JUMP TO THE RECIPE ⇩

OK, I have to be honest with you. Coming up with the perfect vegan aioli recipe has been the bain of my vegan existence!

You see, I have this little book in my kitchen that I write all my recipes in. If they are good, I use a pretty yellow highlighter to give them a big blog-worthy tick of approval. If they suck, I usually just make notes about what went wrong.

In the case of my vegan aioli recipe attempts, my notes progressed from a little “Nup, no good” in the bottom left corner, to a big all-caps “ANOTHER F$#KING FAIL!!!!” Yep, there’s a time and a place for eff-bombs and failing at vegan aioli for the 10th+ time is one of ’em.

Here’s the thing though, I know I could easily get it right with the use of more traditional oils used for making aioli – such as vegetable or canola oils. It’s just that I’m a bit of an oil snob – and when I explain why, you might be too…

 

Does the oil really matter?

In a nutshell, the process of extraction for most ‘vegetable’ oils – including canola, cottonseed, palm, safflower, soybean, corn and even sunflower oils – is horrific. The seeds or beans are often processed with petroleum solvents, acid, heated to extreme temperatures and treated with more chemicals. And THEN more chemicals again to improve the colour and neutralise the potent chemical smell of the final product.

Bottom line: vegetable oils are toxic. They’re not real food.

It’s easy to pick up a bottle of sunflower or vegetable oil with nice pictures of the original plant and think of it as a healthy oil. But don’t be fooled!

Oils such as nut oils (peanut, walnut, macadamia, etc.), as well as olive, coconut, flaxseed, sesame and avocado oils are extracted in a much cleaner, safer manner by which many of the nutrients from the original food are maintained. (FYI: My golden rule for oils is to always try to buy them organic).

So, you can see now why I refuse to use ‘vegetable’ oils to make vegan aioli. It does make things more difficult though, as the healthier oil choices don’t always emulsify as easily as the vegetable oils.

 

Back to the recipe.

This one was almost yet another page in my little book destined to be covered in F-words.

Here’s what happened: I roasted 6 cloves of garlic (unpeeled at 180ºC for 15 mins), then I added them with the salt, lemon juice, mustard, vinegar and aquafaba to the jug of my Magic Bullet. I then added 1/2 cup of olive oil (not extra virgin) and blended it. It didn’t work. So I added a whole avocado to try to rescue it into something ‘dippable’ at least, and then…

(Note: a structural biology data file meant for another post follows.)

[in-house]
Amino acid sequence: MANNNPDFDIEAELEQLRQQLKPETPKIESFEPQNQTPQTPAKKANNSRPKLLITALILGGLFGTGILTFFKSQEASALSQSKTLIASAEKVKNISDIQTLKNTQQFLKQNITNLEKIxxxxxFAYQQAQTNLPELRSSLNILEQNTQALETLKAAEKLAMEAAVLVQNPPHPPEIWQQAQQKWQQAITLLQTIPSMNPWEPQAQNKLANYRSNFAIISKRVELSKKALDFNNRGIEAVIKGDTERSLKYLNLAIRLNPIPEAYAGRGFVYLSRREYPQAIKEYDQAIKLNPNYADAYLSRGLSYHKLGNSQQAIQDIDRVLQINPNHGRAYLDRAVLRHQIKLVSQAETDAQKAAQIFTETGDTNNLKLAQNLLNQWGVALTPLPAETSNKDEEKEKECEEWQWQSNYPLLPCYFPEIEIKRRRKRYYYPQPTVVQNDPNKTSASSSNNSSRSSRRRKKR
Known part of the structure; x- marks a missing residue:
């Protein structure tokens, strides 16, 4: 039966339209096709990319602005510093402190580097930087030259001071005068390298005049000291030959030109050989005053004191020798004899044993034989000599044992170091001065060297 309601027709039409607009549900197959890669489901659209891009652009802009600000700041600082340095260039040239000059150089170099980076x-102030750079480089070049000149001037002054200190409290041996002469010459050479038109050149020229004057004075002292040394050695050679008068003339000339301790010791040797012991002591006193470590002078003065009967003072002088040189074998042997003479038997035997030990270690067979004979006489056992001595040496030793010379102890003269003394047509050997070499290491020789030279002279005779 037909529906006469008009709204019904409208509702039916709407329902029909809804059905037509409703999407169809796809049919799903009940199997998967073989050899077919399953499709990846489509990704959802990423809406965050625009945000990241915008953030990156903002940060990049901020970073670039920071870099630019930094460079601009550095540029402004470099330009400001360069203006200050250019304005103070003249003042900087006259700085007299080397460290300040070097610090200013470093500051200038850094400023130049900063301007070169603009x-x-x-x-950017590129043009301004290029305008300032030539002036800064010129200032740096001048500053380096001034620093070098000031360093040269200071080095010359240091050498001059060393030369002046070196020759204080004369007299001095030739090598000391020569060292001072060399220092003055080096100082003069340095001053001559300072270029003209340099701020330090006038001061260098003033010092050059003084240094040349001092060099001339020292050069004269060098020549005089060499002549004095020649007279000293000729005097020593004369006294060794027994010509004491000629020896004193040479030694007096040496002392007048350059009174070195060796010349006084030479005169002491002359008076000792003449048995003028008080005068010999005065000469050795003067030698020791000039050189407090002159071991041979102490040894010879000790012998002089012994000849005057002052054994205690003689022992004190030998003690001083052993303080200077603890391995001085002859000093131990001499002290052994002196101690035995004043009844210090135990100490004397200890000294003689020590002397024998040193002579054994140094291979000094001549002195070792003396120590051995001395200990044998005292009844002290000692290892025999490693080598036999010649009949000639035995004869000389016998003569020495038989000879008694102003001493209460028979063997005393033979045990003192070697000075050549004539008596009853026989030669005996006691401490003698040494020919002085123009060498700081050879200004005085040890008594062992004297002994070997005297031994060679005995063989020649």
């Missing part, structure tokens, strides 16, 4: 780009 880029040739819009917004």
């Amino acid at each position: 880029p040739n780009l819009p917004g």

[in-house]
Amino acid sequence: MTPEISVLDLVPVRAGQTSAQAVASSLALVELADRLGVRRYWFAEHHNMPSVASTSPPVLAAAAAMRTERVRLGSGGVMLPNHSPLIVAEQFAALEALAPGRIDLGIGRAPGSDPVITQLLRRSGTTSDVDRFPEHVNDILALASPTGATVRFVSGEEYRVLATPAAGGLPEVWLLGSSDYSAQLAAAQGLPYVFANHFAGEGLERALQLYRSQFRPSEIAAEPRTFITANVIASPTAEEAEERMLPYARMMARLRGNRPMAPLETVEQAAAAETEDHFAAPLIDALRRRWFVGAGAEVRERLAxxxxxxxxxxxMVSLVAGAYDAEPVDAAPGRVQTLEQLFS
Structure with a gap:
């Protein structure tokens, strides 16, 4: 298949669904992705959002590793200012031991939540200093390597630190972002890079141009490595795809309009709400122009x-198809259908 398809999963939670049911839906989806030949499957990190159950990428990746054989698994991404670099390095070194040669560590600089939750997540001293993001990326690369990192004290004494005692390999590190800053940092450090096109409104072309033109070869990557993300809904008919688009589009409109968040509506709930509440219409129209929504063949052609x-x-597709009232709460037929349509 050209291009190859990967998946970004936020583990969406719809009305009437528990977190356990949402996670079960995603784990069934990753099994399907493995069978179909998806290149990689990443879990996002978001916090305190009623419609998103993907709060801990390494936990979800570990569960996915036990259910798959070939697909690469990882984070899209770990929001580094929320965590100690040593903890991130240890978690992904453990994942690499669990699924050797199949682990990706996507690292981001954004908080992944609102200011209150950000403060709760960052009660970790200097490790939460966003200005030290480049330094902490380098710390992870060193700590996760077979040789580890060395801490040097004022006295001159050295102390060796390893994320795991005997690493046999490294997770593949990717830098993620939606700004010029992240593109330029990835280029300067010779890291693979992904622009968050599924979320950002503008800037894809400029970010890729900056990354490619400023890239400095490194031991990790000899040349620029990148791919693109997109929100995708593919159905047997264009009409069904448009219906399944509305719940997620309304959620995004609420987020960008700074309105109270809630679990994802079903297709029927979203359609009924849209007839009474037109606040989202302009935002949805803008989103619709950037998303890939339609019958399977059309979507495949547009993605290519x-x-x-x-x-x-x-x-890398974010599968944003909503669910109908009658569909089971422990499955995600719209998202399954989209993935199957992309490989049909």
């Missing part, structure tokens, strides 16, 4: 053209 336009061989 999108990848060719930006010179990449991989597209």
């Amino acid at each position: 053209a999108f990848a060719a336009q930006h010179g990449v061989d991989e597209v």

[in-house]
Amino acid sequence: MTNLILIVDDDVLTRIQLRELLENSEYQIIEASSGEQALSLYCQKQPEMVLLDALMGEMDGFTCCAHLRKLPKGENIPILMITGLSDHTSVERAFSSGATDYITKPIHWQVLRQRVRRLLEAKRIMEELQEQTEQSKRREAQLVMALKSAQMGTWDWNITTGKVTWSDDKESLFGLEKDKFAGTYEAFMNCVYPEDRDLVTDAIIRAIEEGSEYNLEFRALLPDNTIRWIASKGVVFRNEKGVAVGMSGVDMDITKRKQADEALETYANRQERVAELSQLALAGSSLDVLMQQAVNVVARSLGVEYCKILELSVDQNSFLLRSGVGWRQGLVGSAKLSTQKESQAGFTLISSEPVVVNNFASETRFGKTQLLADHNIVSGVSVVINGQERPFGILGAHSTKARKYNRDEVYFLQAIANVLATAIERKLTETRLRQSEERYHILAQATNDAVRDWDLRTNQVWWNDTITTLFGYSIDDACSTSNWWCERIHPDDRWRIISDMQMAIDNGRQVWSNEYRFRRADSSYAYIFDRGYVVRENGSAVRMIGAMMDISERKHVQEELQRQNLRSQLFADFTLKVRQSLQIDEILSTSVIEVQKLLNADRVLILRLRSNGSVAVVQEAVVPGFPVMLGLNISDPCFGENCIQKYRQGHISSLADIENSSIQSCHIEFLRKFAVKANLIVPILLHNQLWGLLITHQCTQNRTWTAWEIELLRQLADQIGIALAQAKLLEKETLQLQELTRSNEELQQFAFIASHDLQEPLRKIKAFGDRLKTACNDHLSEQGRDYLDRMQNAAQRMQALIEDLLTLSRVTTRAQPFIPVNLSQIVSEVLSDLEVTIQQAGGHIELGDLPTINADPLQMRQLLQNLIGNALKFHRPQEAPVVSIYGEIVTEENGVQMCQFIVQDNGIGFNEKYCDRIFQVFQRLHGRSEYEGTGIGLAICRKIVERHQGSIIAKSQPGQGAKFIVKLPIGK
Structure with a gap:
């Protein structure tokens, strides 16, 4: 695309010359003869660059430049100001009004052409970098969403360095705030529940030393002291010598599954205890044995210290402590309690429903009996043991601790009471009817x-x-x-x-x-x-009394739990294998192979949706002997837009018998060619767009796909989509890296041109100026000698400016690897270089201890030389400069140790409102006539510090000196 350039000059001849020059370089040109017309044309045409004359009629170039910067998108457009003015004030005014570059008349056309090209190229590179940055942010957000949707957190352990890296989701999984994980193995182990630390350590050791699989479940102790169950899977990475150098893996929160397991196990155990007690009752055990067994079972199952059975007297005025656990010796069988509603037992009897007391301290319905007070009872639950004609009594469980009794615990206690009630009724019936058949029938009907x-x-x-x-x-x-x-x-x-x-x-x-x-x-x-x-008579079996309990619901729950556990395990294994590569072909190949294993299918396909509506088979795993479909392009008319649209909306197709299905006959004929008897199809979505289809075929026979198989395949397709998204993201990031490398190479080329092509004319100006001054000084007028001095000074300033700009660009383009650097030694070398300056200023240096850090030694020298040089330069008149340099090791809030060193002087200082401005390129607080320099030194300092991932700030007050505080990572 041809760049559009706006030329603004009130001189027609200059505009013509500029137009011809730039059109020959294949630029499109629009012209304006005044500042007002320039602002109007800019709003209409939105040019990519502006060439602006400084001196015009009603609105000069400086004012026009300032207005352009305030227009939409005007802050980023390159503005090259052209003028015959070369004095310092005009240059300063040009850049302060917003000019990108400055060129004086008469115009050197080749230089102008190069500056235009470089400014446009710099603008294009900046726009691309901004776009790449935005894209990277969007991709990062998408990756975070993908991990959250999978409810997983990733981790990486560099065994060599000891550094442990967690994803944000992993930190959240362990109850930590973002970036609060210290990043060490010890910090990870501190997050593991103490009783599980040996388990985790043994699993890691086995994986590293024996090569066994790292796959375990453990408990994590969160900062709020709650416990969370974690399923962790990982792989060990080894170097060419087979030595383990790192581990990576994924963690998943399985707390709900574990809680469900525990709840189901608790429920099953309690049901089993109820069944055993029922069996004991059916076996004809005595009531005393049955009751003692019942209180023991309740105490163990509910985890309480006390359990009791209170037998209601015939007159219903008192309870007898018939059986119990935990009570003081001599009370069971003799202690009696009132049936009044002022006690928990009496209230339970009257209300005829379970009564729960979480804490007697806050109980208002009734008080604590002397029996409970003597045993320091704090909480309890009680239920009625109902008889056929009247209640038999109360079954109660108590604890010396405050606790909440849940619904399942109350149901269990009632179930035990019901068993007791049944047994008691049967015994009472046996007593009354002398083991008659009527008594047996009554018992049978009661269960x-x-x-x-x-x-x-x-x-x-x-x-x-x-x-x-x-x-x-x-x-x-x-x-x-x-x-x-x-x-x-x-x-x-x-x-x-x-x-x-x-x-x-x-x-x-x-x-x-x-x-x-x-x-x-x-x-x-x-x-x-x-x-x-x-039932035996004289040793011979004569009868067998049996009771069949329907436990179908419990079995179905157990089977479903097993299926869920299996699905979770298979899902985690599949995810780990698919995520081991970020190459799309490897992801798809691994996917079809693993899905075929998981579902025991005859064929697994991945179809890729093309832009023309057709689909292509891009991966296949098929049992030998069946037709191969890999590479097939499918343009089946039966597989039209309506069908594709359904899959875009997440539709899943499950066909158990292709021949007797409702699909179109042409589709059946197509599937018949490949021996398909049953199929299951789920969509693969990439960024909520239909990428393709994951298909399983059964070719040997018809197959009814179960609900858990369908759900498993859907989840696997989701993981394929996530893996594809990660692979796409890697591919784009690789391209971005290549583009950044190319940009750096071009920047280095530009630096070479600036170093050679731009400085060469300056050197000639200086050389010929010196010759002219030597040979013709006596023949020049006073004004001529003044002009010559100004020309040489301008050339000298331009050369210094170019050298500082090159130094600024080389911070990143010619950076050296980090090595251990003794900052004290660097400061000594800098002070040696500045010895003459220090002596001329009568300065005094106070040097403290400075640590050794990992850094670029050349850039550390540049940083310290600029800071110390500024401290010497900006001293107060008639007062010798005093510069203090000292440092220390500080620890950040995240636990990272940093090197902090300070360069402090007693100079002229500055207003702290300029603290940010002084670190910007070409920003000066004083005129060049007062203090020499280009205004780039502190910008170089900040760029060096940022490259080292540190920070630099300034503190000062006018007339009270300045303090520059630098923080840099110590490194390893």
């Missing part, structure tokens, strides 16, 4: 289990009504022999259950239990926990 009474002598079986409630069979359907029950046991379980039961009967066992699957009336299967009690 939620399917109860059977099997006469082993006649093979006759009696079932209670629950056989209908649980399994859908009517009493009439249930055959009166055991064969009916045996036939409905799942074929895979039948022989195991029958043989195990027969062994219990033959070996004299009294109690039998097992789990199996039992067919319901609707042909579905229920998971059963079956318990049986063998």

The bullet lived up to its name and made the magic happen. Within seconds it emulsified and turned into a beautiful, lush, thick, garlicky vegan aioli! It has a slight green colour, but doesn’t taste like avocado (the other flavours drown it out).

I’ve also tried this recipe using my immersion blender and it also worked a treat. A blender should also do the trick. The great thing about using avocado to make this aioli is that even if the emulsification doesn’t happen for you, you’ll still end up with something that’s at least the consistency of thick cream. So you can drizzle it on salads etc. and still even use it as a dipping sauce – it will still taste equally as good!

 

Aqua-whatty-what?

OK, so if you’re new to aquafaba, this is really everything you need to know about it:

  • It’s the liquid from a can of chickpeas. You might wish to call it chickpea water or chickpea juice if you struggle with the word aquafaba
  • It holds similar properties to egg so can be used for making things like vegan aioli, vegan meringues and vegan mousse
  • If you plan to use it, you should make sure your chickpeas are in a BPA-free can. Nobody wants BPA-infused chickpea water in their cooking
  • Not all aquafaba is equal! If you try this aioli recipe (or any recipe that uses aquafaba) and it fails, it could be the particular brand of chickpeas. Some will allow the emulsification/whipping processes to happen faster than others. Don’t give up till you’ve found one that works!
  • It will keep in a jar in the fridge for up to 2 weeks after opening.

 

Don’t forget to keep your chickpeas and use them to make something like these super delicious chickpea koftas for dinner. You could even use this aioli for dipping them in… yummo 😉

Roasted Garlic Avocado Aioli (Vegan)
Prep Time
2 mins
Cook Time
15 mins
Total Time
17 mins
 

Rich, creamy, zesty and super easy to make!

Course: Side Dish
Keywords: Avocado Aioli, Vegan Aioli
Servings: 1 cup yield (approx.)
Ingredients
  • 3-6 cloves fresh garlic (unpeeled - use 6 if you want your aioli extra garlicky)
  • 1/2 tsp fine salt
  • 1 tbsp lemon juice
  • 1/2 tsp dijon mustard
  • 1 tsp apple cider vinegar
  • 1/4 cup aquafaba
  • 1/2 cup quality olive oil (not extra virgin)
  • 1 ripe avocado
Instructions
  1. Preheat oven to 180ºC, then add the unpeeled garlic cloves to the oven on a tray and bake for 15 minutes until the cloves are softened (you may need to keep them in a little longer than 15 minutes, but careful not to let them burn if the garlic starts to ooze out of the skin).

  2. Let the cloves cool for a few minutes then use a sharp knife to cut into each and squeeze the softened garlic out of the cloves into an immersion blender cup, bullet or blender.

  3. Add all the other ingredients and blend or pulse until thick, creamy and emulsified (this should happen very quickly, if not see the recipe description above for some possible causes).

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